The stories were told every cycle, and with each one past more mortals slipped from the fingers of the gods to the side of the mortals on midgard. They would be divided by divinity no longer. The number of mortals swelled until terrifying legions broke the lines of the divine, gaining headway in the war and surviving. This was then that the gods stepped in themselves. They would not be looked down upon by their subject and the traitors they previously held in high regard. Needless to say, nothing could be done against the might of the divine. The deities though, could not seem to manifest long on midgard, always having to retreat, for some reason the longer they stayed, the more power was sapped from their forms.
With every cycle the battles grew longer, the tactics bolder, and again the mortals seemed to almost be in a stalemate against the divine entities themselves. The Forbearers had enough power though, in spite of the boundless mortal tenacity, enough to continue the cycle of blood.
Until, that is, an event that was known as the spark came to pass. On one quiet evening during the height of a cycle, the best minds, craftsmen and strategists all suddenly dropped deep into slumber. When they awoke they assembled and began construction. They all seemed to have the same spark of inspiration, and from that spark grew a flame that ignited a new wave of devotion through Midgard. A devotion to freedom from the tyrannical deities. What these people affected by the spark created was weapons to end all weapons and during the next siege they were able to permanently wound the gods. During the next cycle the gods banished the weapons wrenching them from midgard and throwing them to the ever-hungry void, which happily consumed them, the weapons were never seen again and forgotten over cycles going forward.
The weapons that the mortals had constructed did have an impact on the tide of war, and their efforts were not in vain. The wounds the gods received during the cycle of the spark never closed and began to seemingly poison their divine forms. The Immortals were brought down as cycles continued. Though still very powerful and immortal, the deities seemed to have lost their invulnerability. The tyrant avatar gods could be killed.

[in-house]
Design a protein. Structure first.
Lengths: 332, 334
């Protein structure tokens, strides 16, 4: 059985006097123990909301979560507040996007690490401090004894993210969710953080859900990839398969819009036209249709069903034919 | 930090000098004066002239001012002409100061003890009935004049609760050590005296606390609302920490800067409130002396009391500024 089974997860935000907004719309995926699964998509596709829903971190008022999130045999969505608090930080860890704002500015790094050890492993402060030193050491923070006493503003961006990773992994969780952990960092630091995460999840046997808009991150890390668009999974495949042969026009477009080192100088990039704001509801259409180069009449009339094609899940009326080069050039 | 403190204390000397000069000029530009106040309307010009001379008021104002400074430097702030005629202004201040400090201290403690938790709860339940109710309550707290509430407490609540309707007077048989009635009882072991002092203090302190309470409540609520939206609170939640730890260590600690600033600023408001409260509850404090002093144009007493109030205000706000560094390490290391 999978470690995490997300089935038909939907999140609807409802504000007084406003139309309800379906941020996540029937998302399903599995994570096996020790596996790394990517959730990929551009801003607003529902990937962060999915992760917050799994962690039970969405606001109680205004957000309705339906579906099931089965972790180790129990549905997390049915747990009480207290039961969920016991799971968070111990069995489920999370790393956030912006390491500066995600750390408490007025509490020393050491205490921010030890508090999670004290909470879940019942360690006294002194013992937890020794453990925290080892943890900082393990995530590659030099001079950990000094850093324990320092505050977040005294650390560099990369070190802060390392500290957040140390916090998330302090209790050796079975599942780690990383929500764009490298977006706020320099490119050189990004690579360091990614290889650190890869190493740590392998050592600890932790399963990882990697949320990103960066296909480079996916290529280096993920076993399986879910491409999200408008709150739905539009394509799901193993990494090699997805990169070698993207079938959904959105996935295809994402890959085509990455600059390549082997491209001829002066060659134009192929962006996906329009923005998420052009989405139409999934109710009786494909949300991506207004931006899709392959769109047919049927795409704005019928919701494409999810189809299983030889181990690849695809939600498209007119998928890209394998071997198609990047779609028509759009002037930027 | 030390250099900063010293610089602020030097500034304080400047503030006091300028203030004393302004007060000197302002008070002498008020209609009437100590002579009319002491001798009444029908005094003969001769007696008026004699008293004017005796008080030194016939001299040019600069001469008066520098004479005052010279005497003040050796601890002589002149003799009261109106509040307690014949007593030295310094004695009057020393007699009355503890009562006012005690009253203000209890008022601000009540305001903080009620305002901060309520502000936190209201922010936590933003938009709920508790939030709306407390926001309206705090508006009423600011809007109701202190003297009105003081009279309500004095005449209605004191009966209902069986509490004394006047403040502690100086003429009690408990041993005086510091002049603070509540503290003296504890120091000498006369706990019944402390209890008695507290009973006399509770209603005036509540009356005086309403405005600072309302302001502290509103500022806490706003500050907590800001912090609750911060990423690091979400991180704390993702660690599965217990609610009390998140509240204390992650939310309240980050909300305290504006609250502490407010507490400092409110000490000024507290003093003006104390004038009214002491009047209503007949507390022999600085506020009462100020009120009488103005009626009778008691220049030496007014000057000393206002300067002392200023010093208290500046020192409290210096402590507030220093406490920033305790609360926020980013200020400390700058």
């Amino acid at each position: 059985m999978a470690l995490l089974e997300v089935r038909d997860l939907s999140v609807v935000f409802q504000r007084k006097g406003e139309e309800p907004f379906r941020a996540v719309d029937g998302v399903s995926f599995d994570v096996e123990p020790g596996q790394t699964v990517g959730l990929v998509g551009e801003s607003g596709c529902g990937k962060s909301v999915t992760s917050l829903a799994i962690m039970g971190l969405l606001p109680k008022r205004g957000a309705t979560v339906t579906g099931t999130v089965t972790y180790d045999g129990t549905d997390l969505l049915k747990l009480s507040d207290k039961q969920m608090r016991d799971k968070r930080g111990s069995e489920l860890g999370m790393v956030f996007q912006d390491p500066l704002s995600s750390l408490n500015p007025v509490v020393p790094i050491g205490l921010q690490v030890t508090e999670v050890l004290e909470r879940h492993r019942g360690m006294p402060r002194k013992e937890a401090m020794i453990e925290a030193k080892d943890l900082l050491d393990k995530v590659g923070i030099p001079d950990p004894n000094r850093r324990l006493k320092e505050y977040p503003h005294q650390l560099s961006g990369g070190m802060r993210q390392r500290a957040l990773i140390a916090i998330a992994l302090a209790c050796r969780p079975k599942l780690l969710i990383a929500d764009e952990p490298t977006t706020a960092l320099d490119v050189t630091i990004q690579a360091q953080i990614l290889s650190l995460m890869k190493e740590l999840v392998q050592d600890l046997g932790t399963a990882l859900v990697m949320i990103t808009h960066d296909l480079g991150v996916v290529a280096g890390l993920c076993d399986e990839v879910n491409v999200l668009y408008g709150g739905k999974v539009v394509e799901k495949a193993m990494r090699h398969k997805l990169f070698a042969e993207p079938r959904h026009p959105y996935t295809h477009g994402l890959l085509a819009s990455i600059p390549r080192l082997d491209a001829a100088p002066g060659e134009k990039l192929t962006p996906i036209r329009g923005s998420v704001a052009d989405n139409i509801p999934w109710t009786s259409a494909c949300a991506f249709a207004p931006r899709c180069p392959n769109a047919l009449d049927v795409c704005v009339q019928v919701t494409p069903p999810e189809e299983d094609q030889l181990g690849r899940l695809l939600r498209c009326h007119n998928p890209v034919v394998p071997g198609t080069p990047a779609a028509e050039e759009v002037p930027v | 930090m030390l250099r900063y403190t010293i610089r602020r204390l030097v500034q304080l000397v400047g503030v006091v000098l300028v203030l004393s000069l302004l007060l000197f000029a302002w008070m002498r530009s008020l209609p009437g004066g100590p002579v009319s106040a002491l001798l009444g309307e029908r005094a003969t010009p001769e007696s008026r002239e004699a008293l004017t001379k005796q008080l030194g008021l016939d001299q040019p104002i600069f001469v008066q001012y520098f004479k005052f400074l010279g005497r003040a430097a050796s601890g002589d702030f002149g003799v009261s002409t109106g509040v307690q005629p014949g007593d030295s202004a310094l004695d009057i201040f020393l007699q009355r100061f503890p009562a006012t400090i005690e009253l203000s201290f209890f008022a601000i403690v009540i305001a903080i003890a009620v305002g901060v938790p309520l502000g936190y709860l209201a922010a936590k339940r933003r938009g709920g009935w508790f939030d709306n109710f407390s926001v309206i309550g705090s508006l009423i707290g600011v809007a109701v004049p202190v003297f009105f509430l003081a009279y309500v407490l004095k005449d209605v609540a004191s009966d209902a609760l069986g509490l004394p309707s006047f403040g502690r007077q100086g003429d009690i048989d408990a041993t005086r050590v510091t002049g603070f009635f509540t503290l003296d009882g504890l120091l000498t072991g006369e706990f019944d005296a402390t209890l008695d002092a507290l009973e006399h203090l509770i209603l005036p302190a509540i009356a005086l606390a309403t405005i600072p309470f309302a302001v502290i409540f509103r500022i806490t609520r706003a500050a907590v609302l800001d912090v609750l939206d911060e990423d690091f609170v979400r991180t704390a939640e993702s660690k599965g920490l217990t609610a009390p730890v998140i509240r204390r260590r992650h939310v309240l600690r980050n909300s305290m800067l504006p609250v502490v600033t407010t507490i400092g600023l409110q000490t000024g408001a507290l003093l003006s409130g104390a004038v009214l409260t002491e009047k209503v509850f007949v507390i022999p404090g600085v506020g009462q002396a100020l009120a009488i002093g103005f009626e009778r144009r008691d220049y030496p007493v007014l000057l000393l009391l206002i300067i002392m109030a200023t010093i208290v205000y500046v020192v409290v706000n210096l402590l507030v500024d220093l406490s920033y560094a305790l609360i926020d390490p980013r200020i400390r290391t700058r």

As cycles repeated the gods grew weaker as the tenacity of mortals remained present and ever fixated on throwing their tyrannical rulers off their backs. Deities began to fall, be captured, sealed, and some even banished to the void. The number of the divine grew few and the final push was made. During the final push the gods that were backed into a corner had a plan. As the last few members of the group of gods were slain, one of the deities took a mighty relic, forged from the previous devotion of their worshippers and sent it careening into the veil of the Bifrost. The Bifrost began to shatter as realms became untethered and cracked. Some worlds drifted below into the void, being consumed by the unrelenting tide. Other realms were thrust into midgard sending waves of destruction through it. Rainbow flames from the shattered Bifrost coated the world in an inferno and the Void’s tide lapped at the edge of midgard, pulling the last deity and numerous mortal legions down with them.
You find yourself awake on a dock overlooking a vast sea, in a busy port town occupied by the strangest race of people you have ever seen. The last thing you can remember was the war against the gods raging across midgard, and suddenly waves of rainbow fire lashing across the land. No matter who you were in the cycle before, you know that the gods have been defeated, the cycle of blood was broken. Whatever world midgard was now, it is one free from the tyranny of the deities, and you seem to find yourself neck-deep in it. As you get up, you notice strange shards and dust of a rainbow crystal surrounding where your body was just laying. Someone bumps into you, you look at them quickly, and looking back down at the spot, the dust and shard are nowhere to be seen, scattered amongst the worn roads of this strange place.